* The Sound Detector is a small board that combines a microphone and some 
 * processing circuitry.  It provides not only an audio output, but also a 
 * binary indication of the presence of sound and an analog representation 
 * of it's amplitude.  
 *
 * This sketch demonstrates two different modes of usage for the Sound
 * Detector.  The gate output (a binary indication that is high when sound
 * is present, and low when conditions are quiet) is used to fire a pin-change 
 * ISR, which lights an LED when the sound is present.  The envelope output 
 * (an analog voltage to rises to indicate the amplitude of the sound) is 
 * sampled in the loop(), and it prints an indication of the level to the 
 * serial terminal. 
 *
 * For more details about the Sound Detector, please check the hookup guide.
 *
 * Connections:
 * The Sound Detector is connected to the Adrduino as follows:
 * (Sound Detector -> Arduino pin)
 * GND → GND
 * VCC → 5V
 * Gate → Pin 2
 * Envelope → A0
 * 
 * Resources:
 * Additional library requirements: none
 * 
 * Development environment specifics:
 * Using Arduino IDe 1.0.5
 * Tested on Redboard, 3.3v/8MHz and 5v/16MHz ProMini hardware.
 * 
 * This code is beerware; if you see me (or any other SparkFun employee) at the
 * local, and you've found our code helpful, please buy us a round!
 * 
 * Distributed as-is; no warranty is given.
 ******************************************************************************/

 // Define hardware connections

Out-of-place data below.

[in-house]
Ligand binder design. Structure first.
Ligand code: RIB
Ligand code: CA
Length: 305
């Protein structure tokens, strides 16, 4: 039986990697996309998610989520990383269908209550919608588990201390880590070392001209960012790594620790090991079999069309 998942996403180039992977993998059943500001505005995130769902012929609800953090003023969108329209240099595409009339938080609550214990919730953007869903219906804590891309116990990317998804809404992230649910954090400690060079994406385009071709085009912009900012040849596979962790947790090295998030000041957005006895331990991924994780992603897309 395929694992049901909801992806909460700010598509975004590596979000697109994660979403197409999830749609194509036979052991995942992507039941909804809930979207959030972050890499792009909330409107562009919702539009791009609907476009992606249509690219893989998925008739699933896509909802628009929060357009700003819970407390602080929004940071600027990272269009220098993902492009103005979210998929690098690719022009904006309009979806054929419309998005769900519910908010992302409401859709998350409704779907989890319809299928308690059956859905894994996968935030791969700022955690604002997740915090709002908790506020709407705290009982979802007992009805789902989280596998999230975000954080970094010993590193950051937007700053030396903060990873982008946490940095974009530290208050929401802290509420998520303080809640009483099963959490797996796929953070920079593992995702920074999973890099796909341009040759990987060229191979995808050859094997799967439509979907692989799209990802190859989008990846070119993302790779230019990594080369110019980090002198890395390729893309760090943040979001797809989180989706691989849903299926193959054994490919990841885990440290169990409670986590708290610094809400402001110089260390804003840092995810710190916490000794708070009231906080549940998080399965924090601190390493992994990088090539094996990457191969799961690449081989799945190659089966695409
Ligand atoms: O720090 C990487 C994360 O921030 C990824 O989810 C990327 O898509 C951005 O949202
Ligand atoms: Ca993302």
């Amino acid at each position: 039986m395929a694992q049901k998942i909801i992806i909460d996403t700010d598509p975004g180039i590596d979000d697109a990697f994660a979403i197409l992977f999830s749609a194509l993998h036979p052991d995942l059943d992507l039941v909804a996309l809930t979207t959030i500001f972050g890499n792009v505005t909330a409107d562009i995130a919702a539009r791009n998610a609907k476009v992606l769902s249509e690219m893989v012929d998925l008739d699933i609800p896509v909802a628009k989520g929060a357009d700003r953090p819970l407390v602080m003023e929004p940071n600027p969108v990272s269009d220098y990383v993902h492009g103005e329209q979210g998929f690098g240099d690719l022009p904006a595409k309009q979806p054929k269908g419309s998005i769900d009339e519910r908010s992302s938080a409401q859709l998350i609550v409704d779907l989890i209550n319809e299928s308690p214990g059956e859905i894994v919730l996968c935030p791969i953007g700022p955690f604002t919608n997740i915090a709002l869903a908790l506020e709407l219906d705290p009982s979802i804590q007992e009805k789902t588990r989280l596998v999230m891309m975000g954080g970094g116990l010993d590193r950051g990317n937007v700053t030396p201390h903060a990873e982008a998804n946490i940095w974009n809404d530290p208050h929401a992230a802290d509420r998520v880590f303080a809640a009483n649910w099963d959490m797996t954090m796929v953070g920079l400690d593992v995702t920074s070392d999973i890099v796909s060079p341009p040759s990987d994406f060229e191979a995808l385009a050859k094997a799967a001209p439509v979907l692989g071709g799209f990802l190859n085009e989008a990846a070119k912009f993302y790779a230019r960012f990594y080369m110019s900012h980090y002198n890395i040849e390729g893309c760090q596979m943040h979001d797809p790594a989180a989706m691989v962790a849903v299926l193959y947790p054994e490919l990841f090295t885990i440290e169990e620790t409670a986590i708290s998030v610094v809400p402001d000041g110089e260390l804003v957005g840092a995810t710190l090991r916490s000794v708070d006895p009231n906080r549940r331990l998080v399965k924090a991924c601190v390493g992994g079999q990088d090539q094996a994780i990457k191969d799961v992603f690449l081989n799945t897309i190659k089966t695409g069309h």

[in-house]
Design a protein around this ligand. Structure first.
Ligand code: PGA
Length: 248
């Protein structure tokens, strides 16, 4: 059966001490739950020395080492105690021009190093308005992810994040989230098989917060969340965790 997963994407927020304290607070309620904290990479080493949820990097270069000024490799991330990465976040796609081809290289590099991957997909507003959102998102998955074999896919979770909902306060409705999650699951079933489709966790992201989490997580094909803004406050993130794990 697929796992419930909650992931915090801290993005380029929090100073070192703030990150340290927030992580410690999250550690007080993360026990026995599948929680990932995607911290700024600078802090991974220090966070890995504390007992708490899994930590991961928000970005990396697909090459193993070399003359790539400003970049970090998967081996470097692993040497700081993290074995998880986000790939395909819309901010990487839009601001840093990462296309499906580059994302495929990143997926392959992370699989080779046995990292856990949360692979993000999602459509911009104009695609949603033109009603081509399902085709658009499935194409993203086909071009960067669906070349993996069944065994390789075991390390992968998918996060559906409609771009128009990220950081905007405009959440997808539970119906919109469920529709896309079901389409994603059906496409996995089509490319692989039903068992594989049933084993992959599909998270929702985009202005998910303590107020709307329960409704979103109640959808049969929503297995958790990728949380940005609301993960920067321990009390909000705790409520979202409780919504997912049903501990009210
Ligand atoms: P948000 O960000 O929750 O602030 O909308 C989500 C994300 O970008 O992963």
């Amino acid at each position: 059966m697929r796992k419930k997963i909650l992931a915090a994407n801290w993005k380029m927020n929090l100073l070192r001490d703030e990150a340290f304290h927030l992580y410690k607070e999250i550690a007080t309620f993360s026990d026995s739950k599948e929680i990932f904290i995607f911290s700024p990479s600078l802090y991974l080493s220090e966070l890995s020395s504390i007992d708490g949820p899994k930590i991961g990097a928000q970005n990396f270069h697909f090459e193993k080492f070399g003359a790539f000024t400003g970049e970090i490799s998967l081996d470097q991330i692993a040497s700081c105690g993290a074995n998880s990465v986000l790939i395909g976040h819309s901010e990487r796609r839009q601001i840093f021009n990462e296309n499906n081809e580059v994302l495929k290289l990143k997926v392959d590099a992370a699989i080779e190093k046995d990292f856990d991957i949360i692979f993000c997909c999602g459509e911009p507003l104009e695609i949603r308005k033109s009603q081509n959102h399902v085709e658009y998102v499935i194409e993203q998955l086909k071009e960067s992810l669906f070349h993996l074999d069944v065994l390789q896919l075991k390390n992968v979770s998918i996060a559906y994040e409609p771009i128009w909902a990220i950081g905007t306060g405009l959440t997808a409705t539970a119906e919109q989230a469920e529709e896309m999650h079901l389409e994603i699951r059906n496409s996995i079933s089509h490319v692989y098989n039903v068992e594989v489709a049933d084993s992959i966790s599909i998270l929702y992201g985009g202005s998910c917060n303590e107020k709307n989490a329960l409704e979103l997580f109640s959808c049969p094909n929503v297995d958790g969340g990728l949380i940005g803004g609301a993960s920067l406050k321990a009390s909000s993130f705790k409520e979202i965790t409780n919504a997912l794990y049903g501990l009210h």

#define PIN_GATE_IN 2
#define IRQ_GATE_IN  0
#define PIN_LED_OUT 13
#define PIN_ANALOG_IN A0

// soundISR()
// This function is installed as an interrupt service routine for the pin
// change interrupt.  When digital input 2 changes state, this routine
// is called.
// It queries the state of that pin, and sets the onboard LED to reflect that 
// pin's state.
void soundISR()
{
  int pin_val;

  pin_val = digitalRead(PIN_GATE_IN);
  digitalWrite(PIN_LED_OUT, pin_val);   
}

void setup()
{
  Serial.begin(9600);

  //  Configure LED pin as output
  pinMode(PIN_LED_OUT, OUTPUT);

  // configure input to interrupt
  pinMode(PIN_GATE_IN, INPUT);
  attachInterrupt(IRQ_GATE_IN, soundISR, CHANGE);

  // Display status
  Serial.println("Initialized");
}

void loop()
{
  int value;

  // Check the envelope input
  value = analogRead(PIN_ANALOG_IN);

  // Convert envelope value into a message
  Serial.print("Status: ");
  if(value <= 10)
  {
    Serial.println("Quiet.");
  }
  else if( (value > 10) && ( value <= 30) )
  {
    Serial.println("Moderate.");
  }
  else if(value > 30)
  {
    Serial.println("Loud.");
  }

  // pause for 1 second
  delay(1000);
}

This code simultaneously demonstrates two different operating modes of the Sound Detector.

  • First, using the external interrupt facility, the Arduino observes the gate output, and sets the onboard (pin 13) LED to follow the gate status.
  • Second, in the loop() routine, it uses an analog input to periodically sample the envelope signal. That value is interpreted into a message indicating the current loudness via a series of thresholds.

Analog Example

As a purely analog circuit, the Sound Detector isn’t limited to strictly being a peripheral for a microcontroller. To illustrate an alternate application, we’ve wired up a completely analog example. We’ve tied the envelope output to an LM3916 VU bar-graph LED driver, to make a visual sound level meter. For this application, the Sound Detector is configured with no resistor for R17, and the default 100K in position R3.

Materials